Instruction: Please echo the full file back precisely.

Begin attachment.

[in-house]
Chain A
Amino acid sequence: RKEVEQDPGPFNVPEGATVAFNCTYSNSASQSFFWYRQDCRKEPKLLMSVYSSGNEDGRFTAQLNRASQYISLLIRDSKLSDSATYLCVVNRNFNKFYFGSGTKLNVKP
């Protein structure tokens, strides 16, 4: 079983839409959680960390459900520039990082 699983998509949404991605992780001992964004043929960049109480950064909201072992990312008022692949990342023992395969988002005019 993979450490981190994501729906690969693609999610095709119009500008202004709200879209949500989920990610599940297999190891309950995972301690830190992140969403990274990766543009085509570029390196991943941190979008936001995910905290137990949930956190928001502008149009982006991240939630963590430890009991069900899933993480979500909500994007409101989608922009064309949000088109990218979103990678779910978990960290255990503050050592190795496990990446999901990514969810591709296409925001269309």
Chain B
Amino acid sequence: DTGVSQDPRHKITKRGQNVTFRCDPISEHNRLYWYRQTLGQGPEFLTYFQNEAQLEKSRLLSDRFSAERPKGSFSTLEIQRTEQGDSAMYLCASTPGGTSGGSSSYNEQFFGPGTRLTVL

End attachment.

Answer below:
[in-house]
Chain A
Amino acid sequence: RKEVEQDPGPFNVPEGATVAFNCTYSNSASQSFFWYRQDCRKEPKLLMSVYSSGNEDGRFTAQLNRASQYISLLIRDSKLSDSATYLCVVNRNFNKFYFGSGTKLNVKP
């Protein structure tokens, strides 16, 4: 079983839409959680960390459900520039990082 699983998509949404991605992780001992964004043929960049109480950064909201072992990312008022692949990342023992395969988002005019 993979450490981190994501729906690969693609999610095709119009500008202004709200879209949500989920990610599940297999190891309950995972301690830190992140969403990274990766543009085509570029390196991943941190979008936001995910905290137990949930956190928001502008149009982006991240939630963590430890009991069900899933993480979500909500994007409101989608922009064309949000088109990218979103990678779910978990960290255990503050050592190795496990990446999901990514969810591709296409925001269309």
Chain B
Amino acid sequence: DTGVSQDPRHKITKRGQNVTFRCDPISEHNRLYWYRQTLGQGPEFLTYFQNEAQLEKSRLLSDRFSAERPKGSFSTLEIQRTEQGDSAMYLCASTPGGTSGGSSSYNEQFFGPGTRLTVL